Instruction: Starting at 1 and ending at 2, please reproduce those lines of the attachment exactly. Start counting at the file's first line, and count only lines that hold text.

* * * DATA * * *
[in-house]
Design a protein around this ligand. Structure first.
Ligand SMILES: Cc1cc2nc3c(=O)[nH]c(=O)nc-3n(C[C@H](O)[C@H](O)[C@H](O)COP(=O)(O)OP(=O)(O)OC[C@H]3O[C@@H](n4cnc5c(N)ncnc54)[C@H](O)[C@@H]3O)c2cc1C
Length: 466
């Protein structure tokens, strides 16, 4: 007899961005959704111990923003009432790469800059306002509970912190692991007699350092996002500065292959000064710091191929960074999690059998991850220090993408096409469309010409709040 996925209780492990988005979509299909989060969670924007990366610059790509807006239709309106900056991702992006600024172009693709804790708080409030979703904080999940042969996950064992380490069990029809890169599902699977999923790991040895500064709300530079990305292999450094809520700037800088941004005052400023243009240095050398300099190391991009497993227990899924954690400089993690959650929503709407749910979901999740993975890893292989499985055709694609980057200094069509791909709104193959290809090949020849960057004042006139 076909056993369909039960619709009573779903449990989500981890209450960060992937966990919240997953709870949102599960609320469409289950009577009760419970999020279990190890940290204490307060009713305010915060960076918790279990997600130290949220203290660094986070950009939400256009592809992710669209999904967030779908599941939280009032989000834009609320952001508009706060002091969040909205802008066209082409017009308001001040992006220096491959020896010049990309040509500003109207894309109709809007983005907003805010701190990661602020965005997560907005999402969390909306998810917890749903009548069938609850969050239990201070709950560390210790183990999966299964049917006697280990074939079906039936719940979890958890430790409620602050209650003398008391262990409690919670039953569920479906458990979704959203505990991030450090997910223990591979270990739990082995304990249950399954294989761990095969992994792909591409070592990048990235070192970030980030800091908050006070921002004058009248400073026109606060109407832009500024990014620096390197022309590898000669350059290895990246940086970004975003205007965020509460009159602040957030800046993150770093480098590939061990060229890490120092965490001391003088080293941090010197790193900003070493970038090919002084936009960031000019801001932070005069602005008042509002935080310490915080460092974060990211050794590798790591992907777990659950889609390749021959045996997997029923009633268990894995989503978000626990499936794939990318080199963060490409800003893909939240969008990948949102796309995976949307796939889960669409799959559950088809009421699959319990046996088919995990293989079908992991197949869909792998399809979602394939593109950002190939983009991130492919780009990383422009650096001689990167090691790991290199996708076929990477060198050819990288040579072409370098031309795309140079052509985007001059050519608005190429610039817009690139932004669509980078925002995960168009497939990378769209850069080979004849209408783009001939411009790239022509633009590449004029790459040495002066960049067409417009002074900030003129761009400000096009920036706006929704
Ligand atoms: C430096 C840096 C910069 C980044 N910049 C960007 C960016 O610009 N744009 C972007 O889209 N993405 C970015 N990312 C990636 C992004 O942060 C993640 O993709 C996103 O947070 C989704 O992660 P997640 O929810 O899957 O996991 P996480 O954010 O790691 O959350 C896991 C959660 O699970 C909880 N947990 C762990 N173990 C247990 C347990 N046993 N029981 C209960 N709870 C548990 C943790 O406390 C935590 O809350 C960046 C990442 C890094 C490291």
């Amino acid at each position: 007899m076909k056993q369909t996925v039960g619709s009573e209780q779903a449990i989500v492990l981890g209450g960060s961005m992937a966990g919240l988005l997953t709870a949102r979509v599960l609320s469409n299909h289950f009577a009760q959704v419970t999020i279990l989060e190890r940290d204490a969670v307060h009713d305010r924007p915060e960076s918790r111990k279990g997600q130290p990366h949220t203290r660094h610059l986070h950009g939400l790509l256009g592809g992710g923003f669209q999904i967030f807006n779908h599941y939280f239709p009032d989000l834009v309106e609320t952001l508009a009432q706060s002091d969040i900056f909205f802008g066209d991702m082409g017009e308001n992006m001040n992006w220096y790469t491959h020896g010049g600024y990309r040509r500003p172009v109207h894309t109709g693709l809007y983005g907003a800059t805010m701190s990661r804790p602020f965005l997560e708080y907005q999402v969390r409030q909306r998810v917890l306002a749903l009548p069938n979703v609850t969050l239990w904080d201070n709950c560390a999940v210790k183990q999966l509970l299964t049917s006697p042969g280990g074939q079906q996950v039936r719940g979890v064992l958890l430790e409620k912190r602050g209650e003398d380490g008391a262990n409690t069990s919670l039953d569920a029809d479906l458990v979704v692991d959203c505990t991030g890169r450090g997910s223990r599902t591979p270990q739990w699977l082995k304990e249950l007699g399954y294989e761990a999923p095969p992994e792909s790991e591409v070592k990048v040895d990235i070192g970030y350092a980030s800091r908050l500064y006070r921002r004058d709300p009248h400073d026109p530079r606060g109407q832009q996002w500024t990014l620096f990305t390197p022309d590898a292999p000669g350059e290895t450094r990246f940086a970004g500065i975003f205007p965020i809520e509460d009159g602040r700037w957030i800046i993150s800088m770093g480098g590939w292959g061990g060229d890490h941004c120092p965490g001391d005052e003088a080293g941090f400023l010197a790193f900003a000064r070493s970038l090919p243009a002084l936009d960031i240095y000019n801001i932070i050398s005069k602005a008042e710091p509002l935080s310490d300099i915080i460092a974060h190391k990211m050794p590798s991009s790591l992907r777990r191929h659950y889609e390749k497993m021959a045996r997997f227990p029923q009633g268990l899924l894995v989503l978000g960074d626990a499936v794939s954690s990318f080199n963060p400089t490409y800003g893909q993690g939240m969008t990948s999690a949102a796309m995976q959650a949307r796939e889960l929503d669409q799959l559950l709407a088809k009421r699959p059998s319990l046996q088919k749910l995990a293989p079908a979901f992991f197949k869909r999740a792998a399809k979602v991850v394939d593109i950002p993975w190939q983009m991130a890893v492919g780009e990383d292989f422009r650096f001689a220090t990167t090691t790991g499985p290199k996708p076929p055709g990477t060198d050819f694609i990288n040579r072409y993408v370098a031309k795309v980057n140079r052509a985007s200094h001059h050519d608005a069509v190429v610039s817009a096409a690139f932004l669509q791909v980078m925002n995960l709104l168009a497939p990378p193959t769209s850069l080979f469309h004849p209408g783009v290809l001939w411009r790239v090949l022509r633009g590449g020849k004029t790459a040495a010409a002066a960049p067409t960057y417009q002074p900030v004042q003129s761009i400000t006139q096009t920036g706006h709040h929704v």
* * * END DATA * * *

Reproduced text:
[in-house]
Design a protein around this ligand. Structure first.